Is Everything Made of Mass? Exploring the Universe's Mass

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In summary, there is a common misconception that all information, such as brain neurons, light, and radio waves, has mass. However, this is not entirely true as photons, which make up light and radio waves, have no mass but do have energy. The concept of space in terms of mass is better described as energy density. Additionally, while photons do have a relativistic mass when traveling at a speed greater than zero, they do not need mass to be affected by gravity as gravity is a geometrical phenomenon according to Einstein's theory of general relativity. For further discussion on this topic, it is recommended to ask in a Relativity forum.
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Random question, but is it true that all information, like brain neurons (ideas), light, radio waves, etc... has a mass?

Basically if anything moves then it transfers energy and must have a mass. So the Universe is ALL mass?

Also, what would "space" be defined as in terms of mass.
 
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  • #2
Photons have no mass, they have energy. Light and radio waves are photons. Just because something moves, does not mean it transfers energy. Think of a a Cosmic ray traveling through a vaccum, there is nothing to transfer its energy to.

As for space, a more appropriate term would be energy density.

I like how you are thinking about such topics and I appreciate your creativity.
 
  • #3
So what are photons and cosmic rays made up of?

Also if light gets affected by gravity, it must have a mass.
Doesn't light travel for millions of miles then starts to bend because of gravity?

Thanks
 
  • #4
MaNiFeST said:
So what are photons and cosmic rays made up of?

Also if light gets affected by gravity, it must have a mass.
Doesn't light travel for millions of miles then starts to bend because of gravity?

Thanks

I personally don't have much information on this topic but here is what I know;

Photons do have a Relativistic Mass when traveling with a speed greater than zero.

But when it comes to waves, they don't need a mass to be effected by the gravity, According to General Relativity of Einstein gravity is curvature in space time which means a geometrical phenomena. As it doesn't involves force, the wave won't need to have a mass.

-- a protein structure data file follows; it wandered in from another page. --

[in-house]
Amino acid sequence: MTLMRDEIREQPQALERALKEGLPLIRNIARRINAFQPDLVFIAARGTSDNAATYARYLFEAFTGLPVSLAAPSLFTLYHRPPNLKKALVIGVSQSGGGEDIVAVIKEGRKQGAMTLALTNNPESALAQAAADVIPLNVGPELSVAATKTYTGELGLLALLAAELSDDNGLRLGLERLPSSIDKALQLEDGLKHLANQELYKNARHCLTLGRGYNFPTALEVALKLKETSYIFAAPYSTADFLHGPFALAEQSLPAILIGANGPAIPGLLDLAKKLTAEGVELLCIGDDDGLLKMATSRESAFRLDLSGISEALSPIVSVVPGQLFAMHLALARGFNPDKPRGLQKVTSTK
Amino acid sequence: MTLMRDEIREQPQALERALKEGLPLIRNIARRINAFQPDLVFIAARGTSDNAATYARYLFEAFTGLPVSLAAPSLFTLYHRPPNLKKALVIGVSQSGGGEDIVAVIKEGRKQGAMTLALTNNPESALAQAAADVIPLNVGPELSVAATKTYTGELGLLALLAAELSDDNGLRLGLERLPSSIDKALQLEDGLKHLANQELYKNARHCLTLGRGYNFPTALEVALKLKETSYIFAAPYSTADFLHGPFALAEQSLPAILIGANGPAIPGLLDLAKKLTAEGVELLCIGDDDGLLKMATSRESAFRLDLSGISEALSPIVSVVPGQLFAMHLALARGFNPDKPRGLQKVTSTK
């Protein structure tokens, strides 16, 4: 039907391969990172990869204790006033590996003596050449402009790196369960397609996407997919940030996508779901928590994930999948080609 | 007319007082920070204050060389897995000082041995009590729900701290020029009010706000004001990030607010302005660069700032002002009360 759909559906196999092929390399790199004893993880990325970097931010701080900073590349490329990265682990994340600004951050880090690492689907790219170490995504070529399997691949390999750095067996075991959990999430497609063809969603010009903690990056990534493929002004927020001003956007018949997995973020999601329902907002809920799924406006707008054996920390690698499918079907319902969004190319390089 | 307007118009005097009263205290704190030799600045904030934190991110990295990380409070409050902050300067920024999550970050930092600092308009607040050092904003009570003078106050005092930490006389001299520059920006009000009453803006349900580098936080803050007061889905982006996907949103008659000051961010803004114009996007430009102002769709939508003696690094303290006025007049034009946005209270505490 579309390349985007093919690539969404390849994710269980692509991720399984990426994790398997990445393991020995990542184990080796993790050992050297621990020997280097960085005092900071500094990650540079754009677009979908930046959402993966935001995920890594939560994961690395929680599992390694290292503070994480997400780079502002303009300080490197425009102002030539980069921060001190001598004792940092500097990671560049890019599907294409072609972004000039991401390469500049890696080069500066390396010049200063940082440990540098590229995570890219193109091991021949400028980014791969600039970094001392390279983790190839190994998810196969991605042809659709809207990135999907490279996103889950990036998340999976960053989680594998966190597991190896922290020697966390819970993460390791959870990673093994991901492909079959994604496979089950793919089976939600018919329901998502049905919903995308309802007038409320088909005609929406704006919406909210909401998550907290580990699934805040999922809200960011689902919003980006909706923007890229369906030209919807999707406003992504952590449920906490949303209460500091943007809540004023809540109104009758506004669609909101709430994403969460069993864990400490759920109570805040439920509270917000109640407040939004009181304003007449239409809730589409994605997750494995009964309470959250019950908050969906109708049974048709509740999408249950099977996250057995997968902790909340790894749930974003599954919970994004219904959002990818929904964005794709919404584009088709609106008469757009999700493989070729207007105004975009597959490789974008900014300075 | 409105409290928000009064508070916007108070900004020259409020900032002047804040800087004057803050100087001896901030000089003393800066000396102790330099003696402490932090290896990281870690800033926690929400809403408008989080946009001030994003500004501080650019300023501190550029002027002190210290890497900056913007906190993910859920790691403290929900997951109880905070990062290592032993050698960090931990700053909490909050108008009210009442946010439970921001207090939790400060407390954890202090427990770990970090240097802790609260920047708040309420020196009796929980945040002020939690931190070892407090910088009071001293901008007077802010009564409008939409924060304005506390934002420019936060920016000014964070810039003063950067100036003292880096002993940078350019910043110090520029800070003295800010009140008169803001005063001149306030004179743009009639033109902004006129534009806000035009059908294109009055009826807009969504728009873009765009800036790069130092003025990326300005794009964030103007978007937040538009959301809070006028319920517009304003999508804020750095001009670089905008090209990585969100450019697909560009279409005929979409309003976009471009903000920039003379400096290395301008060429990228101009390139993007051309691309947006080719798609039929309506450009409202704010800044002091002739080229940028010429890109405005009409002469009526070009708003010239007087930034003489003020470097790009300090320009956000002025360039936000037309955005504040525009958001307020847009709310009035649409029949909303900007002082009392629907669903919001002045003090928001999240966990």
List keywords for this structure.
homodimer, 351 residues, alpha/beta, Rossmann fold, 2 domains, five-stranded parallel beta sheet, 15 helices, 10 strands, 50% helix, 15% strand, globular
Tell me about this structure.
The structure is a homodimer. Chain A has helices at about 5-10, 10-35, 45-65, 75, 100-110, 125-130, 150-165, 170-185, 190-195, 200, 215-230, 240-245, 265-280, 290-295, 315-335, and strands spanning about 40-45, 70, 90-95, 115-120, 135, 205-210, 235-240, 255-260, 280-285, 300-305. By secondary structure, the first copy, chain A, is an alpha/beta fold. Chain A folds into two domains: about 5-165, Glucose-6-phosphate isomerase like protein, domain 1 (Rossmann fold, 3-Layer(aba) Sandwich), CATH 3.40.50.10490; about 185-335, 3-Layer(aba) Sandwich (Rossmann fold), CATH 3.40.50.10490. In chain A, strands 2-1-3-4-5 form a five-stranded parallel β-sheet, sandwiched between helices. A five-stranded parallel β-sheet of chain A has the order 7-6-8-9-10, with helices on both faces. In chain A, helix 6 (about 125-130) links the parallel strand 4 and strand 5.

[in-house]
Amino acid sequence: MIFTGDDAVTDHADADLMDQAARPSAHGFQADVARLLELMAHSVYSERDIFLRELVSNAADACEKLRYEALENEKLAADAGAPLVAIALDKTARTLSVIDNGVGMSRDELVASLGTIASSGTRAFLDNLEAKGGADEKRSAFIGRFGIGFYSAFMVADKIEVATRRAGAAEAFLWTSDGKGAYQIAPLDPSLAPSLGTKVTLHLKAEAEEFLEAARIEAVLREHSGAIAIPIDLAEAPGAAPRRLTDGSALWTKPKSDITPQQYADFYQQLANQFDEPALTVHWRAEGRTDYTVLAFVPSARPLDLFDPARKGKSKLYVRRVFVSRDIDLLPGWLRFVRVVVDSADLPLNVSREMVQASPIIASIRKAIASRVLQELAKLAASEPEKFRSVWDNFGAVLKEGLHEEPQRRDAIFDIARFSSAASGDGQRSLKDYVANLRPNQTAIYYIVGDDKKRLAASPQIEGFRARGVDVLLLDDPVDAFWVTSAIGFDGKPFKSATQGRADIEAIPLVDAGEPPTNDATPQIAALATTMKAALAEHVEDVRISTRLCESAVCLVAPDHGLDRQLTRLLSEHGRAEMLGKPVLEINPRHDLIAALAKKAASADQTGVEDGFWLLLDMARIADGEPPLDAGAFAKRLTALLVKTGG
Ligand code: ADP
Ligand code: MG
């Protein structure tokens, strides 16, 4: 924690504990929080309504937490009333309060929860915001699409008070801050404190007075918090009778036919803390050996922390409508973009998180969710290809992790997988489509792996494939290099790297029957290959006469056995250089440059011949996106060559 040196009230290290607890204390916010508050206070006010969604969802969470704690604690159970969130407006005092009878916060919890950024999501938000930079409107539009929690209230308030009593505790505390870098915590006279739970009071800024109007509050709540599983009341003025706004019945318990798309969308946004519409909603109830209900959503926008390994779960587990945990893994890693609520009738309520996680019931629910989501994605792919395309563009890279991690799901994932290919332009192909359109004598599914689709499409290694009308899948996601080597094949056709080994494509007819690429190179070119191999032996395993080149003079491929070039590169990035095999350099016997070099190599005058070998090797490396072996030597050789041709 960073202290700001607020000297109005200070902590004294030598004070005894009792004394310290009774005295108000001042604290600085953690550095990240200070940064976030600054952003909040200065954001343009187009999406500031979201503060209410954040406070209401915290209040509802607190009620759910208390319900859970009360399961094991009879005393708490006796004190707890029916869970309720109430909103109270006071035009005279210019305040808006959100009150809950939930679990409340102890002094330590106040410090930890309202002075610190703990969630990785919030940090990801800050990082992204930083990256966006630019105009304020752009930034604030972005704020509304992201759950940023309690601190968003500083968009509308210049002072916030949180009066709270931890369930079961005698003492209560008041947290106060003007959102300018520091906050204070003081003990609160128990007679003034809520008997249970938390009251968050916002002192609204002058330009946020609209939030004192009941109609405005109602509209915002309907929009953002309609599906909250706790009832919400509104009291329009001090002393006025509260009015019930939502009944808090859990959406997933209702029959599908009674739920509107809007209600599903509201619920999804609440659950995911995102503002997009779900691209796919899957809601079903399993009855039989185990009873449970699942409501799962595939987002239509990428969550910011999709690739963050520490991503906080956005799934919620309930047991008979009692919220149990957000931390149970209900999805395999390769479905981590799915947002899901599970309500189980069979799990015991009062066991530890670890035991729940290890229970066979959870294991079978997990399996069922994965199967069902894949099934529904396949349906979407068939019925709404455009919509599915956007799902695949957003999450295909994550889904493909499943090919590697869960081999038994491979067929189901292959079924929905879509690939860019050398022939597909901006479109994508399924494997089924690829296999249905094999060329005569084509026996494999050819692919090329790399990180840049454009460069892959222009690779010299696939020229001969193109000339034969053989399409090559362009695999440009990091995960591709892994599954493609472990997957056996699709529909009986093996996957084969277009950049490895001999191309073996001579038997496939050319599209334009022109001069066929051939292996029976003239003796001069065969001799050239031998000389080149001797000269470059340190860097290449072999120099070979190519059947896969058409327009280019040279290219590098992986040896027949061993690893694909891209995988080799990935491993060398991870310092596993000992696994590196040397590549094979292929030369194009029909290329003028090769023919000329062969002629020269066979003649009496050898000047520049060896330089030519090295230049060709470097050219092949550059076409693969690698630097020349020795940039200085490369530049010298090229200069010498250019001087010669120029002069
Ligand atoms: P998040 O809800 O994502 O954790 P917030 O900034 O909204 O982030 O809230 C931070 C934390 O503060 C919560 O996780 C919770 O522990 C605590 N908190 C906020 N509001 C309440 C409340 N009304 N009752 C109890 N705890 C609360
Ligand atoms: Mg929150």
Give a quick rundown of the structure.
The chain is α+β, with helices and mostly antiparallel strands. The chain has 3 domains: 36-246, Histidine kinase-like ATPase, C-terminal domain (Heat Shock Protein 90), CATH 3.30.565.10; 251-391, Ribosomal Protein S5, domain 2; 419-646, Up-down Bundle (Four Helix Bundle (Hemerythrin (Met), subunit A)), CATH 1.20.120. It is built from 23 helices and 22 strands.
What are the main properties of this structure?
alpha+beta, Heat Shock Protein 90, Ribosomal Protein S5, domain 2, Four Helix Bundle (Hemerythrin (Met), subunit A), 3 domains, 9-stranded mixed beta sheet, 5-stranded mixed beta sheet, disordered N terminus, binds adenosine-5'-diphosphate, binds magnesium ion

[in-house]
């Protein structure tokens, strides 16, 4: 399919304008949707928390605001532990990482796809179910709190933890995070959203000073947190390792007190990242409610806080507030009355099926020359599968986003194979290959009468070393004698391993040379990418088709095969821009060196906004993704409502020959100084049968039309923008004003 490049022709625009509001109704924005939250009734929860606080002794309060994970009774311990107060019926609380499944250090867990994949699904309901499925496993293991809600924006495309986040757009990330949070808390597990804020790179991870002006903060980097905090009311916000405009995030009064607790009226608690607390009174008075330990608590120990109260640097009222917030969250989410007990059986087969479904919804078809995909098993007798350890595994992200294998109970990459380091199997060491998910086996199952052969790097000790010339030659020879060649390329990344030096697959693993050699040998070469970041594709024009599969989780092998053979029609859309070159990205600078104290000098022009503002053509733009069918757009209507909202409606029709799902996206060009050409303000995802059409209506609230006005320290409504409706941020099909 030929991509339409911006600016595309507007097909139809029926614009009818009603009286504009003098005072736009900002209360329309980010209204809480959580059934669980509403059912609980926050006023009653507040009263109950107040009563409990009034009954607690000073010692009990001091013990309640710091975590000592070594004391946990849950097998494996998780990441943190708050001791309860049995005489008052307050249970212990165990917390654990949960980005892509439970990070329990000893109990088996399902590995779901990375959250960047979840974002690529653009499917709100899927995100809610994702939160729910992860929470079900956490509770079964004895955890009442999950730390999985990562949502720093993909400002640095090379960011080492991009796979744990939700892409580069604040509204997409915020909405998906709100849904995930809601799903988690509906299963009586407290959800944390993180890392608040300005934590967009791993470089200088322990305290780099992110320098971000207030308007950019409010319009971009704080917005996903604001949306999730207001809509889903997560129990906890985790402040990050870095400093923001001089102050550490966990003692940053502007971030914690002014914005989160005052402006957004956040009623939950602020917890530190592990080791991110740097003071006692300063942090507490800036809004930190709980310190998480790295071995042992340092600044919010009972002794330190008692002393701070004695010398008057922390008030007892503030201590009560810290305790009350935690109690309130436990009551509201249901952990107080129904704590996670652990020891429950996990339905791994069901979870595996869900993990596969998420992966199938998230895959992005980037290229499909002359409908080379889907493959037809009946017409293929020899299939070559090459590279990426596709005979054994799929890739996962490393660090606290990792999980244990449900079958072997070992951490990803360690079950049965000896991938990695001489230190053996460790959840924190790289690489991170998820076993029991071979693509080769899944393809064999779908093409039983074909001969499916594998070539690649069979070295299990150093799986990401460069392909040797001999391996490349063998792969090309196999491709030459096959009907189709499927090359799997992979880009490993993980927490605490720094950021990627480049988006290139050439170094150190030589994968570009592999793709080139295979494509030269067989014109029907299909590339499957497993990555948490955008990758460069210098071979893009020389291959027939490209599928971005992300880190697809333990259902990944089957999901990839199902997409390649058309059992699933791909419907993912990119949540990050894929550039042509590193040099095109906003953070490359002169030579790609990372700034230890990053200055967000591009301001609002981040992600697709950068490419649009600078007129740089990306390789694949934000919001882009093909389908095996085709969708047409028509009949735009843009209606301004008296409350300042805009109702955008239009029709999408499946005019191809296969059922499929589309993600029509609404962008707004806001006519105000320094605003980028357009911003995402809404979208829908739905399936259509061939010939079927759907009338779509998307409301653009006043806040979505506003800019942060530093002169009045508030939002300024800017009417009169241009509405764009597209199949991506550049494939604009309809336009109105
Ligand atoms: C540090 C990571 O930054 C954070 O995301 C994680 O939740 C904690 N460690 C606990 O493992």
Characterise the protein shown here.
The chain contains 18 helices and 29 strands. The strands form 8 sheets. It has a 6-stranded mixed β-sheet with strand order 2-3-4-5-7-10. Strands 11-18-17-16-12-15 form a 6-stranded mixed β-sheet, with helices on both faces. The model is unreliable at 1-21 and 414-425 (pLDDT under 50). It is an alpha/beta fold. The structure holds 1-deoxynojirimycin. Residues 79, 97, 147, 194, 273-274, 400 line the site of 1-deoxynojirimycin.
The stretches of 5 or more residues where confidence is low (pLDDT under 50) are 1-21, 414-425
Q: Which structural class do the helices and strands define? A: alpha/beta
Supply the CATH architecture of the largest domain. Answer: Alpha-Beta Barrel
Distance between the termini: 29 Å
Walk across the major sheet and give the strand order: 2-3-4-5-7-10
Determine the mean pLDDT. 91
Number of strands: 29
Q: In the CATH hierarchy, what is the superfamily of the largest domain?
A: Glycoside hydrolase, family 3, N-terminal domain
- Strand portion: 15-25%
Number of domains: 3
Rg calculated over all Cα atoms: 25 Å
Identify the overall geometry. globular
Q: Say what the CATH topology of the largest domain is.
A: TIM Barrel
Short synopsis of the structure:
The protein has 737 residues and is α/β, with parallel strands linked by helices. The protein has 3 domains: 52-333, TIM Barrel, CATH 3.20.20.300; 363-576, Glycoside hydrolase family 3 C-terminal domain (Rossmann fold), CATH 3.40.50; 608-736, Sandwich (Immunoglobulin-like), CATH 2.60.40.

For the best answers try writing this question in Relativity forum.
 

1. What is mass?

Mass is a measure of the amount of matter in an object. It is a fundamental property of matter and is often described as the "quantity of inertia" an object possesses.

2. Is everything made of mass?

Yes, everything in the universe is made of mass. This includes all matter, such as atoms, molecules, and even subatomic particles like protons and neutrons.

3. How is mass related to gravity?

Mass and gravity are directly related. The more mass an object has, the greater its gravitational pull. This is why larger objects, like planets, have stronger gravitational forces than smaller objects, like rocks.

4. Can mass be created or destroyed?

According to the law of conservation of mass, mass cannot be created or destroyed. It can only be transformed from one form to another, such as through chemical reactions or nuclear reactions.

5. How do scientists measure the mass of objects in space?

Scientists use a variety of methods to measure the mass of objects in space, such as using gravitational forces, observing the motion of objects, and analyzing the effects of mass on light. They also use advanced instruments like telescopes and satellites to gather data and make calculations.

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